Keeps Your Nails, Skin, and Hair Healthy

In making cells for the body, vitamin B12 also produces cells to strengthen your nails, skin, and hair. Without enough of the vitamin in your diet, your mouth may be more likely to crack in the corners and become swollen, which is known as angular stomatitis. Your skin could also lose its pigmentation in areas from vitiligo.

Even worse is your hair may thin, your nails may become discolored, and hyperpigmentation can sometimes also occur.

Could Help Your Heart

Most amino acids are healthful, but not necessarily all. One amino acid known as homocysteine, if it accumulates enough in the blood, could put you at a higher risk of heart disease. The less vitamin B12 as part of your diet, the more homocysteine in your blood.

In this 2017 publication of the journal BioMed Research International, the researchers concluded that increasing your intake of vitamin B12 can make controlling homocysteine levels possible. This could protect your heart from deadly conditions like heart disease.

Maintains Brain Neurons

The brain has about 100 billion neurons, but with age-related brain atrophy, those neurons begin disappearing left and right. This can contribute to conditions such as dementia and other forms of memory loss.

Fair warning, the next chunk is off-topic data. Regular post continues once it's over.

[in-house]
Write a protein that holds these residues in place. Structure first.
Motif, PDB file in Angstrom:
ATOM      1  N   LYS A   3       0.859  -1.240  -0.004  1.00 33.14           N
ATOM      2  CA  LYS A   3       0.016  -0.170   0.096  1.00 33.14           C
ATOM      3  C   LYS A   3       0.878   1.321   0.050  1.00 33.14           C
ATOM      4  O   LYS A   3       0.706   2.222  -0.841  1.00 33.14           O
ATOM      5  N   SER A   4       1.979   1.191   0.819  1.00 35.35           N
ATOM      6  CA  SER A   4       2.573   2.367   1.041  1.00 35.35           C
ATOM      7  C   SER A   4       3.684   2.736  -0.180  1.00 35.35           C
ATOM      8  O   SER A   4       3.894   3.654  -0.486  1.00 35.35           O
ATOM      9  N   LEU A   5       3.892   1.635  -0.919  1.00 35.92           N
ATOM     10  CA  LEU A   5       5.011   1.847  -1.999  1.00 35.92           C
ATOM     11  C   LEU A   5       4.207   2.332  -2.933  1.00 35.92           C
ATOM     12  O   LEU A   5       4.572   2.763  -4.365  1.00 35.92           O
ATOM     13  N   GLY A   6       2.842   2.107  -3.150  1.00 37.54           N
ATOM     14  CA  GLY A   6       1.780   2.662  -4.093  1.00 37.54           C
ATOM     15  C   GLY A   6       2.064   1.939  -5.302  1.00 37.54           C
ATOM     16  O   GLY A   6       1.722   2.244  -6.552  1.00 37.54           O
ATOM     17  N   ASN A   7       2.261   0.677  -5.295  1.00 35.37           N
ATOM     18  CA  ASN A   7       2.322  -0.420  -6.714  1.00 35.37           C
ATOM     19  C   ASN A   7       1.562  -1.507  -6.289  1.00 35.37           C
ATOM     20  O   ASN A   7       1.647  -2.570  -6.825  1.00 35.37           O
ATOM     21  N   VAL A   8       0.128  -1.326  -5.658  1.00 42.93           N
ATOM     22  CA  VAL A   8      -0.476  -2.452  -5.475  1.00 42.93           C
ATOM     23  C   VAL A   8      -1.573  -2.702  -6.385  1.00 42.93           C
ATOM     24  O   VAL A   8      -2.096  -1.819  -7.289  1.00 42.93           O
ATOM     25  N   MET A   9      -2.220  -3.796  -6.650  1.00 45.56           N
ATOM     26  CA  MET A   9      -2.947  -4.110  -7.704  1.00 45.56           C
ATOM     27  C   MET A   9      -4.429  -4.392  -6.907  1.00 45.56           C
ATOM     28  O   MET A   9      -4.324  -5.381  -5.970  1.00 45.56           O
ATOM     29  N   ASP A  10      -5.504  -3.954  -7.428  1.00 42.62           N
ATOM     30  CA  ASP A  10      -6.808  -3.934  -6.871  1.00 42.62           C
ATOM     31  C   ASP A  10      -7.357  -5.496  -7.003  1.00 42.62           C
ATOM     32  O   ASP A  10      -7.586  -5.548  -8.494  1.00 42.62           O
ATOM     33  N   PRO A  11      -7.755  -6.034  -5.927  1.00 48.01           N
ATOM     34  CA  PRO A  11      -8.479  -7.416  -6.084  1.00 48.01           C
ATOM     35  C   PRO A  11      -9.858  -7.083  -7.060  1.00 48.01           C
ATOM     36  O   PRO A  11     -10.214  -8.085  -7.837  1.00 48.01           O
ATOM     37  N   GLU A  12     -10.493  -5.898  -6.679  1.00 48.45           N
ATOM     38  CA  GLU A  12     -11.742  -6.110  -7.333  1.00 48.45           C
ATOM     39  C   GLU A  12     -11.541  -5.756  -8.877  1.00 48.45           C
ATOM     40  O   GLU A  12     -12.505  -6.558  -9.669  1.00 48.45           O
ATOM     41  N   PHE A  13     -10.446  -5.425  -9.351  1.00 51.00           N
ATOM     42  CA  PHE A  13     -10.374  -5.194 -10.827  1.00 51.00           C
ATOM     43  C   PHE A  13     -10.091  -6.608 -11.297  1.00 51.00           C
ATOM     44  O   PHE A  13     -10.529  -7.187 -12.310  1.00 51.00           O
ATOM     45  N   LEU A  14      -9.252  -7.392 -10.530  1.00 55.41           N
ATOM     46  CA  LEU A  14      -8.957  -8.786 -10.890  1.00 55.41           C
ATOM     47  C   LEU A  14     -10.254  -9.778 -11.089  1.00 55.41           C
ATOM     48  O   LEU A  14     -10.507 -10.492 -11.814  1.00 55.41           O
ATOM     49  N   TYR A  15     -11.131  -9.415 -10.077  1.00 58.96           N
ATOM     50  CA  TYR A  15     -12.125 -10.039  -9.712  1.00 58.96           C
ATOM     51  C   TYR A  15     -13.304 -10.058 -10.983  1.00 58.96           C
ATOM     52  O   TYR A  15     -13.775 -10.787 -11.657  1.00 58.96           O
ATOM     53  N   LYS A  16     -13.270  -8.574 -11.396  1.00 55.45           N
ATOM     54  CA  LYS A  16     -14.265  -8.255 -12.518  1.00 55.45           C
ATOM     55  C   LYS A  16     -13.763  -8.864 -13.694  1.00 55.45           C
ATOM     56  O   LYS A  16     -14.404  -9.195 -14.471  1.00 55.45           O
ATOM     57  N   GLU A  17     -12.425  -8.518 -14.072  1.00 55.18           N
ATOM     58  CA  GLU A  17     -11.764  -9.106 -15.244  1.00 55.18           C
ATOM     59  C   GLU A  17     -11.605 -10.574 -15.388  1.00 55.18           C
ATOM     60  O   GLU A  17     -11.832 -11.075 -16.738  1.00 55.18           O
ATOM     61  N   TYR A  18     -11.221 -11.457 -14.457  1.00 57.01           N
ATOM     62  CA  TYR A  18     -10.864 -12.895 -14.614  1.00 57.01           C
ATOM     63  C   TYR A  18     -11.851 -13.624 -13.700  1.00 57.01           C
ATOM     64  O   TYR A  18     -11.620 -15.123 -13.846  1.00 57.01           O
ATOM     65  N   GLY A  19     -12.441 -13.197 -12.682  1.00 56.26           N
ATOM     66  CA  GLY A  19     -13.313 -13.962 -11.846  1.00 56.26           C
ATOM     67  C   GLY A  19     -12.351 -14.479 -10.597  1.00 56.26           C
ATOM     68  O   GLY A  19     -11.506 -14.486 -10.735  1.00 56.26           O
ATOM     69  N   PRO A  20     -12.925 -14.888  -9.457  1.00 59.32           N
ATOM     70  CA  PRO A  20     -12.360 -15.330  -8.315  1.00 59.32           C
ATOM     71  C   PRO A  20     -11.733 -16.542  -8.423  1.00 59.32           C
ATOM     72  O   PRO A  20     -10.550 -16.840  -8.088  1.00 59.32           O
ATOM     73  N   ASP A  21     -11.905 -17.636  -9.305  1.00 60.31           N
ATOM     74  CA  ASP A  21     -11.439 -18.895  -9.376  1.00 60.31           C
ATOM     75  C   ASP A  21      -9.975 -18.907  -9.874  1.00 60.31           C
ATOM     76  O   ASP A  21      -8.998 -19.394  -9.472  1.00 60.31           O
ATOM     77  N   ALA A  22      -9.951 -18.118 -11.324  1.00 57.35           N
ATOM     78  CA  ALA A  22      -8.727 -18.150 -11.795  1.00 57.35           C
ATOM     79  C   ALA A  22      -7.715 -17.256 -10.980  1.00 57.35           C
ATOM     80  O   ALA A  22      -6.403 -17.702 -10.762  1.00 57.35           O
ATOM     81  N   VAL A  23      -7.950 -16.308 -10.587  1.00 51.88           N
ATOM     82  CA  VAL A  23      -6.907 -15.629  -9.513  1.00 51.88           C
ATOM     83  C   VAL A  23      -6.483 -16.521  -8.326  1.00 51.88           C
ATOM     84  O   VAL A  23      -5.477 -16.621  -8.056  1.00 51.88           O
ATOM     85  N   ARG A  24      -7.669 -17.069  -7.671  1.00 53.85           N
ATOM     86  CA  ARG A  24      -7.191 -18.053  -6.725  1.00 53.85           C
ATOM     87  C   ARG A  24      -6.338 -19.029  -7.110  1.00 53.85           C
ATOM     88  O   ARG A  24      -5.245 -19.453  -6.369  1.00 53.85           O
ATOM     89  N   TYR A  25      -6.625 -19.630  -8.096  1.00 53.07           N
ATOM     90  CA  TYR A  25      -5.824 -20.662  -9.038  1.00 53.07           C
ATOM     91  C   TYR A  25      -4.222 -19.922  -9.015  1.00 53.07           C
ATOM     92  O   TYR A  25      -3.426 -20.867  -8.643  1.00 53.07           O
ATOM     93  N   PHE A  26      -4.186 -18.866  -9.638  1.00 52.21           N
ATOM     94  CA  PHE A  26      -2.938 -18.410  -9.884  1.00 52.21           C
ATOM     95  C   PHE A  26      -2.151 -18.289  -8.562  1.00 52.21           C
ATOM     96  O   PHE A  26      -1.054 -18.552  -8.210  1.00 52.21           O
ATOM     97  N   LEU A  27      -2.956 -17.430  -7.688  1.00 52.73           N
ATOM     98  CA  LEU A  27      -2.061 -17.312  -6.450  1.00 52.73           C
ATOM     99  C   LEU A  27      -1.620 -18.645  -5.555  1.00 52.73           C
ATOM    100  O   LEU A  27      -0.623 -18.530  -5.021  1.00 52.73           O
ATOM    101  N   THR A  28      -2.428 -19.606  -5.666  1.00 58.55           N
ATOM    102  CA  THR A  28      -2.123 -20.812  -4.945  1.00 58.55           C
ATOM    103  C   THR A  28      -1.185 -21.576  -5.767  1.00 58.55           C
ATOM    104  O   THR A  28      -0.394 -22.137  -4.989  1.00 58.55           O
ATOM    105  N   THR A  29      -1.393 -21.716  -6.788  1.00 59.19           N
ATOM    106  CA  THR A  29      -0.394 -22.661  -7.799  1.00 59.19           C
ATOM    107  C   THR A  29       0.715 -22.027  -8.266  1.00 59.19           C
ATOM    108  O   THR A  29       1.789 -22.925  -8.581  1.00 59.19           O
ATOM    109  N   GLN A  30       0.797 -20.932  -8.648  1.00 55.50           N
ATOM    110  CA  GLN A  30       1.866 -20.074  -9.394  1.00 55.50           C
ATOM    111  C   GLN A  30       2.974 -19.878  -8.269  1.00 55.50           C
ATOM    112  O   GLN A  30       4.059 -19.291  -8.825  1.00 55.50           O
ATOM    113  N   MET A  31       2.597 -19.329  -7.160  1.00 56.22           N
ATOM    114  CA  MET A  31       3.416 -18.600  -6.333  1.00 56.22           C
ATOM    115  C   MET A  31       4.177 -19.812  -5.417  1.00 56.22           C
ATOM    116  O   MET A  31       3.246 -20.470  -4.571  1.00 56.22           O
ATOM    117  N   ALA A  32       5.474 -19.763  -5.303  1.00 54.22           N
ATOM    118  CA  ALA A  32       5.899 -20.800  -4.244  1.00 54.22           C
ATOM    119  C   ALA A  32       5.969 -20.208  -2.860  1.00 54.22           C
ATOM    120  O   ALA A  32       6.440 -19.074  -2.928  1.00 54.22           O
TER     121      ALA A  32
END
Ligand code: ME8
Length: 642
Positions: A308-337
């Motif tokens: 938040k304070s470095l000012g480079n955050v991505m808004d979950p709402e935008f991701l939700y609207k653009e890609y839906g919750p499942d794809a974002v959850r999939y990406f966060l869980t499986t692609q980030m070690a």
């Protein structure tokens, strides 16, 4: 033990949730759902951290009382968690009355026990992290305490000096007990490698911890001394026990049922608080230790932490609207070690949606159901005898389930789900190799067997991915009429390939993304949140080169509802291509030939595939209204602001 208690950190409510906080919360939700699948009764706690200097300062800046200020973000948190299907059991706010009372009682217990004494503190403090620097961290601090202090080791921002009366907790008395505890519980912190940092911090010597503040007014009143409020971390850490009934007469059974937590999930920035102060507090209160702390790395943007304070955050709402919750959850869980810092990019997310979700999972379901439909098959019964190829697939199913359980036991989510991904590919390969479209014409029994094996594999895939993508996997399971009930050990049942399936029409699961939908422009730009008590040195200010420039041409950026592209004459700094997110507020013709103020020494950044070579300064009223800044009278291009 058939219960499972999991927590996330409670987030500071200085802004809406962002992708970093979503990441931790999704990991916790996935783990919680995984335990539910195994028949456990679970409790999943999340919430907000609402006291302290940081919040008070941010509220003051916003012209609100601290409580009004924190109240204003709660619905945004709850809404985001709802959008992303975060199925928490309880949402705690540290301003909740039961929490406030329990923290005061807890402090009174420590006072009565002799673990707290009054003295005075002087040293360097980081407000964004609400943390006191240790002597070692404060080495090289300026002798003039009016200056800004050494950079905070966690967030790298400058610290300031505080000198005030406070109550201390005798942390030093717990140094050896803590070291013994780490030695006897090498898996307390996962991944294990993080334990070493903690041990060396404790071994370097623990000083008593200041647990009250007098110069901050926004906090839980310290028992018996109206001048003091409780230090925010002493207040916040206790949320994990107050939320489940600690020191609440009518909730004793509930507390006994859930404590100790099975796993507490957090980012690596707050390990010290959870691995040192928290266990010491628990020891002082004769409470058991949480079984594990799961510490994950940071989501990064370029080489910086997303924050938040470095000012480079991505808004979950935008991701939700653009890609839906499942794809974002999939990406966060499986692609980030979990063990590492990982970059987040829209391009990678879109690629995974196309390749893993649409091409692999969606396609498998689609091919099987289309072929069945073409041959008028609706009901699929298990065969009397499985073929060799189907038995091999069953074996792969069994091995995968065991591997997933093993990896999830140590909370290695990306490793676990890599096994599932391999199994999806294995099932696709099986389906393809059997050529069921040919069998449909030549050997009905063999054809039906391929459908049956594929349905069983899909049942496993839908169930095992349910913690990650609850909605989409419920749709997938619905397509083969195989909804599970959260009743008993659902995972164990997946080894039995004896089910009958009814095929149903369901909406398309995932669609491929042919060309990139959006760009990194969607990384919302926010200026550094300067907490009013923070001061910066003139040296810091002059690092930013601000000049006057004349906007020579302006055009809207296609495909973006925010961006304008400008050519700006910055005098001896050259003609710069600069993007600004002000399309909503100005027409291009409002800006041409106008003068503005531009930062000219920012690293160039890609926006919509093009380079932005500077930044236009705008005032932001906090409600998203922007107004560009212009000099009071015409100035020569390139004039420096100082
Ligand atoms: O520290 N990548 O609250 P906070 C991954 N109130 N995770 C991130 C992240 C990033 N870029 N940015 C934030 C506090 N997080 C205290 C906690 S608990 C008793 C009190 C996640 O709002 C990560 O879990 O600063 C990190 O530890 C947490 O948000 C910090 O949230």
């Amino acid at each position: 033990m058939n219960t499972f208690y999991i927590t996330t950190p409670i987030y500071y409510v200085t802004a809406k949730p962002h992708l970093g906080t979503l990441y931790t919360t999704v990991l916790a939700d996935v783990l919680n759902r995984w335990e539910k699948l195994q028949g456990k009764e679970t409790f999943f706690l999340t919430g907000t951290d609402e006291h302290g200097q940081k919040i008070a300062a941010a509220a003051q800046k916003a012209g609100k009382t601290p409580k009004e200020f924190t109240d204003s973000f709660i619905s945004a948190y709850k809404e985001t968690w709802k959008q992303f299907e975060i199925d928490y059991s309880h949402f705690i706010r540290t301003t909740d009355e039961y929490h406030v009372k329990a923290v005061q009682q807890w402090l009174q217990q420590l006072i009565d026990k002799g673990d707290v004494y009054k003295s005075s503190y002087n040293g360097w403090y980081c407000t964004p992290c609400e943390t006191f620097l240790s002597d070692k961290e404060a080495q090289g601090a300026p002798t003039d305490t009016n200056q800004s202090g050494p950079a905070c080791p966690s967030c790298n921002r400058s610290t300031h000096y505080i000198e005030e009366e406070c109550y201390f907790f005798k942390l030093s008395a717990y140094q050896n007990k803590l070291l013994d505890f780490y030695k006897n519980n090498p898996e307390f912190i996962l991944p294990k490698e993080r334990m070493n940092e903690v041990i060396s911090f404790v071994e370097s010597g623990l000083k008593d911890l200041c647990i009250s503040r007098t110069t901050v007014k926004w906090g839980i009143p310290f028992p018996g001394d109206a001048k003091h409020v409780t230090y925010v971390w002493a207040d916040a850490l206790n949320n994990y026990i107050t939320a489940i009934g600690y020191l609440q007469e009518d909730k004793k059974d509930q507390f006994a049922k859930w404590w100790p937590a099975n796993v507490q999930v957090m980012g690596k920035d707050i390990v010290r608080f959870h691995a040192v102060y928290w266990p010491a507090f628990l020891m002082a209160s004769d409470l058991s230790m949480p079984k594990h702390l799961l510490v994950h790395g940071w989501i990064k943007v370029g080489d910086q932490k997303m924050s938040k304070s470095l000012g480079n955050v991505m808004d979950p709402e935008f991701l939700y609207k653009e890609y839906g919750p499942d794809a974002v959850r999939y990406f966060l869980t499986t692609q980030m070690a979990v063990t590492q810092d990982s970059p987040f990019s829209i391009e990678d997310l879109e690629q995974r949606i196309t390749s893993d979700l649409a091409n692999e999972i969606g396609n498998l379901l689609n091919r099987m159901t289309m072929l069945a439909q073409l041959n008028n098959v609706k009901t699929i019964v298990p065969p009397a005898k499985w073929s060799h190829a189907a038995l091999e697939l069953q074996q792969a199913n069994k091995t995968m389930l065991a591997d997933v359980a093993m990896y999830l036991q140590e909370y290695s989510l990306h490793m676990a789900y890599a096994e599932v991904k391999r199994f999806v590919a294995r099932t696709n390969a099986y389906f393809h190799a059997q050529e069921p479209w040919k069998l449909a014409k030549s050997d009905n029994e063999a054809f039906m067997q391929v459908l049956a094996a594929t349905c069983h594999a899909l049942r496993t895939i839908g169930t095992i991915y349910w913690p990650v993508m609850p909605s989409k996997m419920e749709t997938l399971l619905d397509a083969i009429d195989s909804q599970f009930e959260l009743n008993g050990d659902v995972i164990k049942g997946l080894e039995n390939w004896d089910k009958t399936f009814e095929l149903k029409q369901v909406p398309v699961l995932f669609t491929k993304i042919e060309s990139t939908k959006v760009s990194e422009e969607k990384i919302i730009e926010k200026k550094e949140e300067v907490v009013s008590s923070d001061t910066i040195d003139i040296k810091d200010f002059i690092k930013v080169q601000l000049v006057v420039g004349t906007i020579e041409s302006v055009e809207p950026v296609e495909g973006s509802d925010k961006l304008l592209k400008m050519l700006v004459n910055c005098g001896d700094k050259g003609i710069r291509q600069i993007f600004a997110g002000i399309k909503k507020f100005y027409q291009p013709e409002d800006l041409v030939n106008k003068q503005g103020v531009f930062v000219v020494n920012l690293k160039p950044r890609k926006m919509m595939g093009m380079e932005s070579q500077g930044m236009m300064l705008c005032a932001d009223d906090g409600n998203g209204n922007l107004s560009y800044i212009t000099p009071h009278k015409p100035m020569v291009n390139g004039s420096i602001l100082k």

In 2016, the American Journal of Clinical Nutrition published a study on the effects of vitamin B12 for memory and concentration. The participants, 100 in all, all had some form of cognitive impairment, but nothing overly serious. The less vitamin B12 the participants took, the worse their recognition performance and learning ability, the study says.

May Lessen Depression

According to the World Health Organization, depression affects a large number of people worldwide, over 264 million. If you’re among those numbers, it’s especially important to prioritize your vitamin B12 consumption each day.

In a classic report from the American Journal of Psychiatry, the researchers found that your depression risk is twice as high if you have a vitamin B12 deficiency than it is without one.

Could Help You Avoid Developing Macular Degeneration

Macular degeneration is an eye condition that can lead to permanent vision loss in some instances. It’s believed that homocysteine, besides increasing your heart disease risk, can make you more likely to develop macular degeneration too. This study from the American Journal of Ophthalmology as well as others backs up this claim.

Just like reducing homocysteine can safeguard your heart, it can do the same for your eyes. JAMA Internal Medicine, in a 2010 study, mentions that vitamin B6 and folic acid supplementation are also necessary for these purposes. To arrive at these results, the researchers studied more than 5,400 women all 40 or older with a history of cardiovascular disease.


Vitamin B12, given that it can produce DNA, is one of the most important vitamins in our diets. Unfortunately, vitamin B12 is much less prevalent in plant-based foods than it is in dairy and meat.

As a vegan, you must monitor your vitamin B12 levels, taking a supplement every day to avoid deficiencies. Best of luck!